Once voted one of the worst places to live in the UK, Hull was not a city immediately associated with the word ‘culture’, so how – armed with the ambition of “be colourful, reckless and transformative” – did we go about branding “Hull 2017 UK City of Culture”?
From a brand strategy, through to the personality and identity; Hull 2017 needed a brand universe that represented the new life and vigour injected by the accolade. Critically, this framework needed to evolve over the course of the year to encompass and bring to life of the visual assets of the year as it gathered momentum – at the start of the project there were none.
Hull 2017 was built from the ground up through consultation and engagement with over 400 facets of the community, from schools and businesses, to arts and social welfare groups and Saturday morning shoppers.
Protective of their identity, the people of Hull would need to be on board from the start to share the vision and beliefs for the brand and the City’s transformative year. Equally so, a place brand has to be a true and honest reflection of, and a proud speaker for, its people. Bringing to life the personality, identity and voice of Hull - without creating a brand solely for its inhabitants - was critical to avoid coming across as insular to everyone else, whether that’s the rest of the UK or increasingly more important, an international audience.
There was also the challenge of engaging arts audiences and influencers as well as general public to establish the project as a serious cultural quadrennial, a nationally significant event. To challenge perceptions, and especially as Hull were only the second city to hold the title.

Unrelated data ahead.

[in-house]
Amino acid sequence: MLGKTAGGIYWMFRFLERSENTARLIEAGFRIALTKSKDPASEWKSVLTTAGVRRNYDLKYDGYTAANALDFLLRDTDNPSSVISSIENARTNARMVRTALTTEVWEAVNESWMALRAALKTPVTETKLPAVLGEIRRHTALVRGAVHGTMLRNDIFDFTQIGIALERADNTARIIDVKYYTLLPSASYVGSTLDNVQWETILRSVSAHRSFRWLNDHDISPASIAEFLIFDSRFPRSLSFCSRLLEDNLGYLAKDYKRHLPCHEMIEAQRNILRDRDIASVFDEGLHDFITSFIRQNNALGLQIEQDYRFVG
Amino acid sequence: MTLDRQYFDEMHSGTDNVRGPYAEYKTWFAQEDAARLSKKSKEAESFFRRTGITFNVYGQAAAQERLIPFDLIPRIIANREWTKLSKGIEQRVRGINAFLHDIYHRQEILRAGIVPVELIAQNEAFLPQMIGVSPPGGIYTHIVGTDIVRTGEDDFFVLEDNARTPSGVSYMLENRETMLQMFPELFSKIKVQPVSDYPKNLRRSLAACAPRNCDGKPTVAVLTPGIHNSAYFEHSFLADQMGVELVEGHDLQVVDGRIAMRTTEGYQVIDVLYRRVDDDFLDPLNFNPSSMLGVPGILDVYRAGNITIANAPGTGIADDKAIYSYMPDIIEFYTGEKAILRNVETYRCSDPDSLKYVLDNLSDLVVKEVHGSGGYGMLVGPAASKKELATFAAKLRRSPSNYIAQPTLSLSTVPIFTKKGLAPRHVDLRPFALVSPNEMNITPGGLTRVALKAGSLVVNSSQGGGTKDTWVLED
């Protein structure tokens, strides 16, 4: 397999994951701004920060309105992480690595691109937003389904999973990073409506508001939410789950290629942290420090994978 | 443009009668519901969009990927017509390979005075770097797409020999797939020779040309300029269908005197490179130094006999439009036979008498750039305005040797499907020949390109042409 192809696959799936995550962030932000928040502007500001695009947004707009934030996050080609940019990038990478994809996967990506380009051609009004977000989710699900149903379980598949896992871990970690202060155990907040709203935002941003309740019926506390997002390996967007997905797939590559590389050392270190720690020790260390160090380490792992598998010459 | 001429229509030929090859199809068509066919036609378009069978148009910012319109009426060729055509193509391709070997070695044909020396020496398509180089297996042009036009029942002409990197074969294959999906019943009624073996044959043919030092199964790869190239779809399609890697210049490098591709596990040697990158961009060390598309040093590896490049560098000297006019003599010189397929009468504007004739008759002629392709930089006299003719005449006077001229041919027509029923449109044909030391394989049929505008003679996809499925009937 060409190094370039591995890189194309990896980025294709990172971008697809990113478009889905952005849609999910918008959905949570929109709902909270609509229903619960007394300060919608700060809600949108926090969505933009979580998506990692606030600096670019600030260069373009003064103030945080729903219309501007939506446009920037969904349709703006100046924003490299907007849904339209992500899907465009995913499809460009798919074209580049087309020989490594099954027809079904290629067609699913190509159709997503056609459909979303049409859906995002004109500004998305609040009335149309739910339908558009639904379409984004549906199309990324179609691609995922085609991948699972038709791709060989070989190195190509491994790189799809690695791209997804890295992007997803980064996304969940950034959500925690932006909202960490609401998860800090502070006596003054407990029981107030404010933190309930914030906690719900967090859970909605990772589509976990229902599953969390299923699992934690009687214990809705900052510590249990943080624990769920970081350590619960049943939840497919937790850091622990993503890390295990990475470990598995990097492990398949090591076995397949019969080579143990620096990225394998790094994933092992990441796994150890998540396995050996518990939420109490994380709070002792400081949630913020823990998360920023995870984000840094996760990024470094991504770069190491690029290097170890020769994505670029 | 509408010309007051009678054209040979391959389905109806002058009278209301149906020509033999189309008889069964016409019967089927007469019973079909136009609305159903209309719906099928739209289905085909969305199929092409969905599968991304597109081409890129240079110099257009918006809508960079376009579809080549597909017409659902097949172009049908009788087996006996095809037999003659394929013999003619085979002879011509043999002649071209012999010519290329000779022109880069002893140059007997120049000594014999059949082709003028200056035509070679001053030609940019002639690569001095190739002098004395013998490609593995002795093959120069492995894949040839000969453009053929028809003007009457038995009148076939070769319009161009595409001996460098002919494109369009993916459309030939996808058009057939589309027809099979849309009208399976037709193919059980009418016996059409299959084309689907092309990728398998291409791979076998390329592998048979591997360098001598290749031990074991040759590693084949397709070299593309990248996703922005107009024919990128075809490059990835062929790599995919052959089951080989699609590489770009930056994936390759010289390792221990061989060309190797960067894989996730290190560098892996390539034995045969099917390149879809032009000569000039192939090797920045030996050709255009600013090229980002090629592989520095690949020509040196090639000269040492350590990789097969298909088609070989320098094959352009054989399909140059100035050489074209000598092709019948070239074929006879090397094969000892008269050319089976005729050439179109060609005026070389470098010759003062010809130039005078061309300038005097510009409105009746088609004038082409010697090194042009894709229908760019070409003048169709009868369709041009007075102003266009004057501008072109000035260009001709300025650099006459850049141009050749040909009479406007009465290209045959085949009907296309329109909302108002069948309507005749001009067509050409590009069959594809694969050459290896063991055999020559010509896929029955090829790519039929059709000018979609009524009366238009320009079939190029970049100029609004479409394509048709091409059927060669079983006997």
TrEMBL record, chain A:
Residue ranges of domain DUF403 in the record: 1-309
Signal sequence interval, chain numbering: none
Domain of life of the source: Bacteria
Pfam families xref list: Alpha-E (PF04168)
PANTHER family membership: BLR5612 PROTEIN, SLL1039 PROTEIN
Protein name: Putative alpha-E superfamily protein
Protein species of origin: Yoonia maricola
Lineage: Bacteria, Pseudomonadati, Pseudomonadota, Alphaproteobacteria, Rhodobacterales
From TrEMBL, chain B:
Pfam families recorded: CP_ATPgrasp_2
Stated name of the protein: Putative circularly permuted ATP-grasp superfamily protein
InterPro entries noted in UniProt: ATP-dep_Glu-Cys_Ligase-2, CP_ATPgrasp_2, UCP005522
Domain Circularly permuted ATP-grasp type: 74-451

During the journey to uncover that beating heart of what the brand would come to represent, we unearthed something really special and interesting. An uncompromising sense of fierce civic pride of people who were unashamedly Hull. A naturally mischievous streak, personality and distinctive tone of voice that we directly translated into the brand with spikiness, wit, warmth and independence. The brand’s tone of voice and personality feels ‘of’ Hull and its inhabitants, whilst capable of engaging and exciting the whole of the UK, and which went on to become one of the strongest elements of the brand.
The brand builds around the sentiment of there being ‘more to the story’ of Hull – its people, places, and most importantly, its art and culture. It’s an invitation for people to reconsider and reappraise the City. “Think you know Hull? Think again.” The tagline “Everyone back to ours” was the launch slogan, fuelling the sense of community that underpins the brand and capturing the no bullshit ‘take us as you find us’ spirit of the original stakeholder groups.
Often a little uncomfortable, people could love it or hate it, but they couldn’t ignore it. Apathy was not an option. Amplifying and allowing Hull to take on – not reinvent – the very best of the personality of the people of Hull enabled the whole project to be brought to the life with boldness and clarity, and to talk and behave in a way that is true to itself. One that had not voiced itself in cultural events and brands of this nature before.
It was imperative to create a brand that meets the needs of the city after the event. A big investment both emotionally and financially, but the brand needed to leave a legacy.
Across 365 days of transformative culture, more than 2,800 events, cultural activities, installations and exhibitions, 300+ venue spaces and 465 new commissions, it was also imperative to ensure all communications and its large assets portfolio was foolproof to be used by a wealth of stakeholders and third parties throughout the year. Our design remit included the brand guidelines to accommodate this, whilst being flexible enough to allow the brand to evolve throughout the year with the City’s changing image.
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